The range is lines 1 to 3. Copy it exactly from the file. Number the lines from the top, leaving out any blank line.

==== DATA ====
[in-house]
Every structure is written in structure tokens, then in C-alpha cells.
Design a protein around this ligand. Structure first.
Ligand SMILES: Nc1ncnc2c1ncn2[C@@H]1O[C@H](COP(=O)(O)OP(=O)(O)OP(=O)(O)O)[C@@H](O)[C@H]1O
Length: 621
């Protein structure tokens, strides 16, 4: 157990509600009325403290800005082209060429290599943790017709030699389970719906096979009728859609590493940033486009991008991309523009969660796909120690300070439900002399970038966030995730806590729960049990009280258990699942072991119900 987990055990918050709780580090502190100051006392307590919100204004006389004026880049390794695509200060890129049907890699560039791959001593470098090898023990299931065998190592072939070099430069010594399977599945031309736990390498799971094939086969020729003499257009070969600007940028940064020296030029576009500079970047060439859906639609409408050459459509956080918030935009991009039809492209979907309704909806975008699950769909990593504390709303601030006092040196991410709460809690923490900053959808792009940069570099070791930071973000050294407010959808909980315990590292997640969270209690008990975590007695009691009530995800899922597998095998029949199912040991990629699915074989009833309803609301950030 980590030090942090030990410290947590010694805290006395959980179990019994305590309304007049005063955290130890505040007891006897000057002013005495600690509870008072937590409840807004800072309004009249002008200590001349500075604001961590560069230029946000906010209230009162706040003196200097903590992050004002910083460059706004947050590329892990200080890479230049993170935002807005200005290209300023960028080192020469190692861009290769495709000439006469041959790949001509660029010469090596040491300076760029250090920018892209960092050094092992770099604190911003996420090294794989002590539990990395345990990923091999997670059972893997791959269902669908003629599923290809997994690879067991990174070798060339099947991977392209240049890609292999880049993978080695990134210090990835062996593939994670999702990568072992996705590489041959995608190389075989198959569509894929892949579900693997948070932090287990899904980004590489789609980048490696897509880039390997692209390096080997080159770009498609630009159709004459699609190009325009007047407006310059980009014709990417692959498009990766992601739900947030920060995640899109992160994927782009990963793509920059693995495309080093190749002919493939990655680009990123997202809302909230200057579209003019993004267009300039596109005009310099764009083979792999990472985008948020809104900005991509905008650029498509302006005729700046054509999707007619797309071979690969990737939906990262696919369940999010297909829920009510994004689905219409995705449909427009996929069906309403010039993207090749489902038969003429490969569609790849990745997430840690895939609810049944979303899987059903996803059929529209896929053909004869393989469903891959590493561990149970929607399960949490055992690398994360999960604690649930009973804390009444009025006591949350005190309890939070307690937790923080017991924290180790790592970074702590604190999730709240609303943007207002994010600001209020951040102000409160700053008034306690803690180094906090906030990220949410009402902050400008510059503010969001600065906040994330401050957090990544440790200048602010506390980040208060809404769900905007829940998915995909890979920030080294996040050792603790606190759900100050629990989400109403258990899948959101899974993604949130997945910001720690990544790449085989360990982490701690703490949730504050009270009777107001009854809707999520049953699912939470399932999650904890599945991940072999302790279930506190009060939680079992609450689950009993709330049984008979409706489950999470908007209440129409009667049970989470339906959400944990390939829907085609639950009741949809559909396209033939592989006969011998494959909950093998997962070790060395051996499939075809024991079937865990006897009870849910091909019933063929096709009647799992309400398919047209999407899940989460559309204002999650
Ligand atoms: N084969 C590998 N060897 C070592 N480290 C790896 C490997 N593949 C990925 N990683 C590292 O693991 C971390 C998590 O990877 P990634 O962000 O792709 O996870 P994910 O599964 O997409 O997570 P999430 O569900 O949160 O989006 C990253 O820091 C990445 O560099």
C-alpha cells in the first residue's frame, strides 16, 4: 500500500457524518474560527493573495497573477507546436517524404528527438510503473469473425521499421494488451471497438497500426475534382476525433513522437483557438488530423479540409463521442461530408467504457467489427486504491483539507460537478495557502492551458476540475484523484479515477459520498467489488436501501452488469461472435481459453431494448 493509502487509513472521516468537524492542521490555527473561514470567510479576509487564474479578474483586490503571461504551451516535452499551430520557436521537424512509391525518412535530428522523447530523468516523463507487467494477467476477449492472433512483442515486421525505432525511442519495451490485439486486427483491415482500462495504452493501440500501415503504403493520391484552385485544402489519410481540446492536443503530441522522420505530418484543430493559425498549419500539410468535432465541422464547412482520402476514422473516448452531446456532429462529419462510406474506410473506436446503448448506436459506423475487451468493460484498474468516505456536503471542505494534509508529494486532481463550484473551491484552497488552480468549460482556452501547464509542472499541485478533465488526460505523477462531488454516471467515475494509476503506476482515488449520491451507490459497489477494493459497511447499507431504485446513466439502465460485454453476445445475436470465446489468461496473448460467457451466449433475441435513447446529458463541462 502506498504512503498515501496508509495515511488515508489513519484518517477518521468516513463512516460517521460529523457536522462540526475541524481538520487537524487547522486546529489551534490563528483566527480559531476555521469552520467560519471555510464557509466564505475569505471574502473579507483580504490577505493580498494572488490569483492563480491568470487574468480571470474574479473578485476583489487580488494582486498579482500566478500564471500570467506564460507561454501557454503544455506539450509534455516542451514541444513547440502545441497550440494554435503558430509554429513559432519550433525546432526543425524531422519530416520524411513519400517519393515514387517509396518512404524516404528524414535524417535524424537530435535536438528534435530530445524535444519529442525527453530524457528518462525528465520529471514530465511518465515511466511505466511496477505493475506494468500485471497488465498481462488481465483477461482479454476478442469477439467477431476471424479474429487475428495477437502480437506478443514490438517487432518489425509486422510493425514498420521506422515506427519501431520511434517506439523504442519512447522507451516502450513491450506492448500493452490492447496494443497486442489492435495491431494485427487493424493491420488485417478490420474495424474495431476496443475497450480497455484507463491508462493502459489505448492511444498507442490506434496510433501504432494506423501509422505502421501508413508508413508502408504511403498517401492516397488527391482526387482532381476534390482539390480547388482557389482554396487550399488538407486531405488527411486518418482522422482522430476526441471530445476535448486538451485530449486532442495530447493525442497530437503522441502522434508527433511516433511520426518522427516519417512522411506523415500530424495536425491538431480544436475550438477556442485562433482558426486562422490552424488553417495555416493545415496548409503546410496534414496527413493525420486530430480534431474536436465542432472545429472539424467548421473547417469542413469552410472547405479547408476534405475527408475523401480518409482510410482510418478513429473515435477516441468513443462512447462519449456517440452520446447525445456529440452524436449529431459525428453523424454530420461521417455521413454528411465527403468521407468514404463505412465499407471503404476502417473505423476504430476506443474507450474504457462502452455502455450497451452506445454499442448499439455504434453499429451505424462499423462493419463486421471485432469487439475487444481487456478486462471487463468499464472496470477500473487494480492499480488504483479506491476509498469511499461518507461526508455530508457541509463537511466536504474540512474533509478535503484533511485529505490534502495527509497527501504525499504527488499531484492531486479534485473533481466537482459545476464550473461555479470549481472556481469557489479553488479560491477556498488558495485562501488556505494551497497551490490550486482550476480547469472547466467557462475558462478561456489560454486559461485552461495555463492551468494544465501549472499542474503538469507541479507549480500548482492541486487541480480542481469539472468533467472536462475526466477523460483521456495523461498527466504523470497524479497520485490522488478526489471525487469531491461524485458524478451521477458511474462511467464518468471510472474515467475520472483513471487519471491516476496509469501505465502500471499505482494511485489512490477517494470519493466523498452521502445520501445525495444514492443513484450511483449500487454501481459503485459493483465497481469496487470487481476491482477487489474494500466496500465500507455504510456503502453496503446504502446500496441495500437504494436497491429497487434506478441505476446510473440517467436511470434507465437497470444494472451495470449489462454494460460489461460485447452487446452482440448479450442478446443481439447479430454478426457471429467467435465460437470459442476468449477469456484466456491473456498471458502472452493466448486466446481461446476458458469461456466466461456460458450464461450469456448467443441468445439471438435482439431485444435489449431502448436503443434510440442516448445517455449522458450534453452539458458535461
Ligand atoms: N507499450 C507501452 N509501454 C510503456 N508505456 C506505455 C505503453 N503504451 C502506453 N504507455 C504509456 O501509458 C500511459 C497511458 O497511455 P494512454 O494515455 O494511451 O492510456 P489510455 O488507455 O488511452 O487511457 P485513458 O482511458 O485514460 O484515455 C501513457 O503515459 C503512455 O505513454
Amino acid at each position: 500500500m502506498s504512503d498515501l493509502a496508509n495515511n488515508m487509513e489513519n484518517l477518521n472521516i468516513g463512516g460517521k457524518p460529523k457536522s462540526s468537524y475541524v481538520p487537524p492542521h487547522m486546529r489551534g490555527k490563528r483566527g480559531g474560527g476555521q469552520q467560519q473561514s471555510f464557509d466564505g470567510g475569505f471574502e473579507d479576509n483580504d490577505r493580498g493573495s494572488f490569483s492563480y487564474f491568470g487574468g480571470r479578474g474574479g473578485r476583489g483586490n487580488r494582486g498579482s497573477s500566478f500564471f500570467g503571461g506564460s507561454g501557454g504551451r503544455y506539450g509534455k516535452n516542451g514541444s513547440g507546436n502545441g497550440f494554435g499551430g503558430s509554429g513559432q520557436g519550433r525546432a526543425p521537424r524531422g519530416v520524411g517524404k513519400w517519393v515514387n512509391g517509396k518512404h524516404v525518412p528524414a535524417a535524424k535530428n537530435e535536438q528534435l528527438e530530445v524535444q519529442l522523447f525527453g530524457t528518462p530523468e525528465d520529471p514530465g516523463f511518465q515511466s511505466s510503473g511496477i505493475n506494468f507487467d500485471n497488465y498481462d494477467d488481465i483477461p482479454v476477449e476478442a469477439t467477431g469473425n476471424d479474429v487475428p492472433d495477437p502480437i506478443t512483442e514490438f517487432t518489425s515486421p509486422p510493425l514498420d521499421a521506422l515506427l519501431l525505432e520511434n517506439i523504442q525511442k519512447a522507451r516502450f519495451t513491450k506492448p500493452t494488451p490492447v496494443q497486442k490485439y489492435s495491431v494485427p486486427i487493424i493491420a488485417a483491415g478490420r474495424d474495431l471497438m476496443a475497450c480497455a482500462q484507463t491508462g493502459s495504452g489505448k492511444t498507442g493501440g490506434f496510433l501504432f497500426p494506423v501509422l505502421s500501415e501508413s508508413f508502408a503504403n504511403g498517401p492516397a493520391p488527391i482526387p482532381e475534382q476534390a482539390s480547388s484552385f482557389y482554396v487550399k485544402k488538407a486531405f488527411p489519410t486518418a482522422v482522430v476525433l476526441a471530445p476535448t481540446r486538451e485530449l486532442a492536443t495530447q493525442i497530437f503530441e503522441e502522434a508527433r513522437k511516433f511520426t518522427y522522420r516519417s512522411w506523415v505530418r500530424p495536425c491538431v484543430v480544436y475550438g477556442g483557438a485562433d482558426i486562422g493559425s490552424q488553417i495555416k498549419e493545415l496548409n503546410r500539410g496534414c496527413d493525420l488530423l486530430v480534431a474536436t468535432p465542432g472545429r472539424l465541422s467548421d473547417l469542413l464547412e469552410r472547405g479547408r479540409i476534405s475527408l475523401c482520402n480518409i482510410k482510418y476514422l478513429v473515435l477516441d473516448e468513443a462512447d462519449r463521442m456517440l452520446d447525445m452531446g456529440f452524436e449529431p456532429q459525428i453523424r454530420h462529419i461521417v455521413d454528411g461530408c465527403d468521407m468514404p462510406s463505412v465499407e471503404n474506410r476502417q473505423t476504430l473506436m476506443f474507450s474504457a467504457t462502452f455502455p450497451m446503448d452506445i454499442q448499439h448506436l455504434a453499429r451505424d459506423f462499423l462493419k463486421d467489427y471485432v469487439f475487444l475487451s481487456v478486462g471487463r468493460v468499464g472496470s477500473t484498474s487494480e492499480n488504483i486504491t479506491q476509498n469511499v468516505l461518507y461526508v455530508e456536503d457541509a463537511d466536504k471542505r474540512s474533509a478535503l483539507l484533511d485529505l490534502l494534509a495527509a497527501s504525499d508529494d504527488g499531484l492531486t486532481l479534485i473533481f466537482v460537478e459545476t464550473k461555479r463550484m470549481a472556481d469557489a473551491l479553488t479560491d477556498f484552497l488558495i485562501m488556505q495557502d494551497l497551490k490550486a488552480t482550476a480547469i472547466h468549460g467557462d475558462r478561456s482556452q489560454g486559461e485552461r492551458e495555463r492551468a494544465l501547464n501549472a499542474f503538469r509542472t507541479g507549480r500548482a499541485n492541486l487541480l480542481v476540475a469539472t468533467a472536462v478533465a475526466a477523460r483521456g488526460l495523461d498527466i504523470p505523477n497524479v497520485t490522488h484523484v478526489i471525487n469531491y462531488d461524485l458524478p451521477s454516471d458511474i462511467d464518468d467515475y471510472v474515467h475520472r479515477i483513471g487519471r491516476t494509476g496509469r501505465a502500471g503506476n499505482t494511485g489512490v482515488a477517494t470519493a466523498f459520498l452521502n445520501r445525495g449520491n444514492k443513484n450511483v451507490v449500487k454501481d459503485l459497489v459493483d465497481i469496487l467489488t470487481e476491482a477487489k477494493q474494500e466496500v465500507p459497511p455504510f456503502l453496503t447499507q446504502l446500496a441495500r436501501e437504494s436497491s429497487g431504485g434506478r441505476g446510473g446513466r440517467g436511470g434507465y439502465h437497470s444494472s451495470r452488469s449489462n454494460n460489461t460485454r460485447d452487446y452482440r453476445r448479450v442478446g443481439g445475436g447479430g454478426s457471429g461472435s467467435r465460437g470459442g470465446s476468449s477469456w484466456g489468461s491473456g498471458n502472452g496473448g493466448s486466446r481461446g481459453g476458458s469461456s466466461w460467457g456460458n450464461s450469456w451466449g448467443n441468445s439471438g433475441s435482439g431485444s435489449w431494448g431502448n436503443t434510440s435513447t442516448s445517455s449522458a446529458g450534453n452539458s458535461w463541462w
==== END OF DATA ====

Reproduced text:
[in-house]
Every structure is written in structure tokens, then in C-alpha cells.
Design a protein around this ligand. Structure first.